When I’m done, an obvious pattern has emerged.

It is uncomfortably, devastatingly true: I have unrealistic expectations of others in relationships, I seek to avoid rejection and abandonment at any cost, I mistake intensity for intimacy and most of all, I feel a deep sense of worthlessness and therefore use relationships to relieve emotional pain.

I’ve attached to friendships, correspondences, Facebook “friends,” blogging “friends,” attended conferences in hopes of finding that Perfect Best Friend, bounced around churches hoping to find The Perfect Church, emailed bloggers I adored, texted, weaseled and grasped for relationships to fill, fill, fill—fill what? A bottomless chasm of aching need.

I don’t have a drinking problem. I don’t have a substance abuse problem. I am hooked on relationships.

I stare at my timeline and I see the source of my relational pattern: lack of nurturing and attention while young triggered feelings of shame and inherent worthlessness. If I am ever to fully recover, I will need daily connection with a higher power Who loves me unconditionally. The key to my emotional healing and my spiritual future is letting God love me.

And there it is, the missing piece: I don’t know how to receive God’s love. I don’t know how to receive grace. The core of my spiritual struggle is with self-loathing.

IV.

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This is what I understand: there will never be one, final cure for my religiously wounded heart. I will always bear the scars. And there will even be times when I feel the pain anew. But each day, I can choose to take care of myself. I can choose to let God love me.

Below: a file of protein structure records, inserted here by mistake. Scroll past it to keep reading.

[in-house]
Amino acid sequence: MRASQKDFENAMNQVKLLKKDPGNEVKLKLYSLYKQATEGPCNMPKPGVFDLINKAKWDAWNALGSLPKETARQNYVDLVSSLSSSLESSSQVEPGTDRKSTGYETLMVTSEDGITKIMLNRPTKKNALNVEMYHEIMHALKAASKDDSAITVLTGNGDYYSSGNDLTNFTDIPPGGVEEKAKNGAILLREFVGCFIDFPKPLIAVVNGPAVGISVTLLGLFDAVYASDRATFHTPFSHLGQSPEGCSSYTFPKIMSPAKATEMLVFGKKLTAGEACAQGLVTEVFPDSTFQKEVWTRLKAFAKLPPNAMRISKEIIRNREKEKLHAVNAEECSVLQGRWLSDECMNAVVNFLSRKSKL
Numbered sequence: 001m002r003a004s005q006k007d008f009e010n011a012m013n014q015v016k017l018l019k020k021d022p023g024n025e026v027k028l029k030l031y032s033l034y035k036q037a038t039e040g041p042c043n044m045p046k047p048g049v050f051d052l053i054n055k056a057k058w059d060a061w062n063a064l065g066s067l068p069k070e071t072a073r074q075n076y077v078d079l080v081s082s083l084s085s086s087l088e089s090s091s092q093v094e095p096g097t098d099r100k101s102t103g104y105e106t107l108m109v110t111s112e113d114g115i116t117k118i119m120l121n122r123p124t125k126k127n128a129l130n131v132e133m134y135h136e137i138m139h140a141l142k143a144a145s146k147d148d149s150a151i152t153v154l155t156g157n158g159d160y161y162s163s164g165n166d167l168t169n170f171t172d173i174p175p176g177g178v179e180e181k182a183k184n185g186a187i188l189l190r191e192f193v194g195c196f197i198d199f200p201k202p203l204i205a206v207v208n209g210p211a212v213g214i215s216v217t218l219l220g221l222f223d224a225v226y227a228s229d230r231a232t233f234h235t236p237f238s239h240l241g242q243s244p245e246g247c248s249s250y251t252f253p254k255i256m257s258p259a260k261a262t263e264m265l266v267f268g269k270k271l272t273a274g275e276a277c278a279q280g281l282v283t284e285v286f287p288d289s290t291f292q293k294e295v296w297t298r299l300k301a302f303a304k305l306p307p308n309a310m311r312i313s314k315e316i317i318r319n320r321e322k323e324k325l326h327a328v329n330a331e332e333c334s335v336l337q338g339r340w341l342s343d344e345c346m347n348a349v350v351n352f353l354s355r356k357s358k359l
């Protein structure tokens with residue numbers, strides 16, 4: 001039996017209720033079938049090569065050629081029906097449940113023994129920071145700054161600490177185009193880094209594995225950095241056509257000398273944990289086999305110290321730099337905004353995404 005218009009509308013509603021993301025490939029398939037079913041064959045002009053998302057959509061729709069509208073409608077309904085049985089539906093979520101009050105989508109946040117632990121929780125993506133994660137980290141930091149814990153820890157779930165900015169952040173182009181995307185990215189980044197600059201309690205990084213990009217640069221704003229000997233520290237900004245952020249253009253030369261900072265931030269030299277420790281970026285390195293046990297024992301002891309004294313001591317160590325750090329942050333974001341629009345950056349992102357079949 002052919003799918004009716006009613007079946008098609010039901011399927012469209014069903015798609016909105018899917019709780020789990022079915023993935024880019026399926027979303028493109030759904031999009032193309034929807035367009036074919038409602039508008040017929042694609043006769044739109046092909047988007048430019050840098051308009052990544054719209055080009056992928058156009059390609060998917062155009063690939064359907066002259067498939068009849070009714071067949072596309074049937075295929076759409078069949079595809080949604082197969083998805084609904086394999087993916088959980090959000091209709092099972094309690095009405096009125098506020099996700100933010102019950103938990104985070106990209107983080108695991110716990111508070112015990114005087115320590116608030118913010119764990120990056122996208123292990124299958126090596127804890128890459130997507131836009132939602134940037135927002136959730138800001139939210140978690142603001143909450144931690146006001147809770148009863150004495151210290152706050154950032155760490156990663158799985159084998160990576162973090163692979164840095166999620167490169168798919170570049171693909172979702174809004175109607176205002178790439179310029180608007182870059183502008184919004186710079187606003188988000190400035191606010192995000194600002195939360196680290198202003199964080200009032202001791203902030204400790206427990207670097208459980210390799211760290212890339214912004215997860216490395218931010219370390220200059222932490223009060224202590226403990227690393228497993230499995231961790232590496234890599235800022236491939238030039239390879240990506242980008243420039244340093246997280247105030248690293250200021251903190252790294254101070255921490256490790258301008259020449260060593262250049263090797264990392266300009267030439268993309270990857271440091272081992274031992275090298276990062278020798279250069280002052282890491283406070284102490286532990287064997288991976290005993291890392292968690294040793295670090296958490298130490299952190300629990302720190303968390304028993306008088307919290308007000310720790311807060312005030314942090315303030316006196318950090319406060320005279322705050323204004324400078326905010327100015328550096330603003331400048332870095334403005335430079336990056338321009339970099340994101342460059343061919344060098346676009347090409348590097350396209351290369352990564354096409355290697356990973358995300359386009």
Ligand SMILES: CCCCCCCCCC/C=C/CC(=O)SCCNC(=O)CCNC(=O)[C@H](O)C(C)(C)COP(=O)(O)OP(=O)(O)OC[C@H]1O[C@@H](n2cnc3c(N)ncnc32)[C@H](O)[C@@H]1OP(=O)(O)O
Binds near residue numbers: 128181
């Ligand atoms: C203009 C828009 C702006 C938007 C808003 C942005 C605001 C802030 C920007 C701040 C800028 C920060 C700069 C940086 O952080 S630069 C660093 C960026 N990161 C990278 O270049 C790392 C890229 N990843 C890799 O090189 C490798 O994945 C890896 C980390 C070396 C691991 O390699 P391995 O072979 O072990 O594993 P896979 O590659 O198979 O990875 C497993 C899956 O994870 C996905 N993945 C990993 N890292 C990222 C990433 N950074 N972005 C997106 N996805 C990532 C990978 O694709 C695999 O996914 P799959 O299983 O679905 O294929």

This is what I know: I can’t save the world from fundamentalism, but I can save myself.There are things I cannot change, but I ask God for the courage to help me change the things I can and the wisdom to know the difference.

This is my story: God has given me a future and a hope.

This is my song: I am not afraid.

The Girl at the End of the World

 

Standing naked in front of strangers (and other occupational hazards of memoir writing)

photoThis morning I felt terrified. Reviews of my book are starting to come in and the words are laser-imprinted on my heart. The positive, the negative, the apathetic, the completely untrue (apparently, Publishers Weekly thinks I’m a mother of SEVEN!)–all of it pierces me. I can’t stop hearing the reviewers’ words in my head….

“Somewhat predictable…Clear and compelling.”

“Girl at The End of the World adds to an important line of ex-fundamentalist survival stories…Most importantly, though, these memoirs amplify the once-voiceless among us, and no matter how painful, unbelievable, or bitter the accounts, they require us to listen.” 

The reviews are only just beginning and already I’m freaking out.

Writing a memoir is like stripping naked, baring your most private secrets and hidden stretch marks. Reading the reviews is like having strangers walk by and comment on your nakedness. 

This morning I wanted to hide under the sheets and not come out until all the people stopped staring at me. Instead, I practiced something my 12-step sponsor calls “contrary action.”

I got out of bed, showered and brushed my teeth. I even flossed! I began feeling a little better so I did my hair–letting my natural, wild curls flow freely. I put on makeup. I smiled at myself while I applied red lipstick. Red lipstick always helps me feel strong and courageous.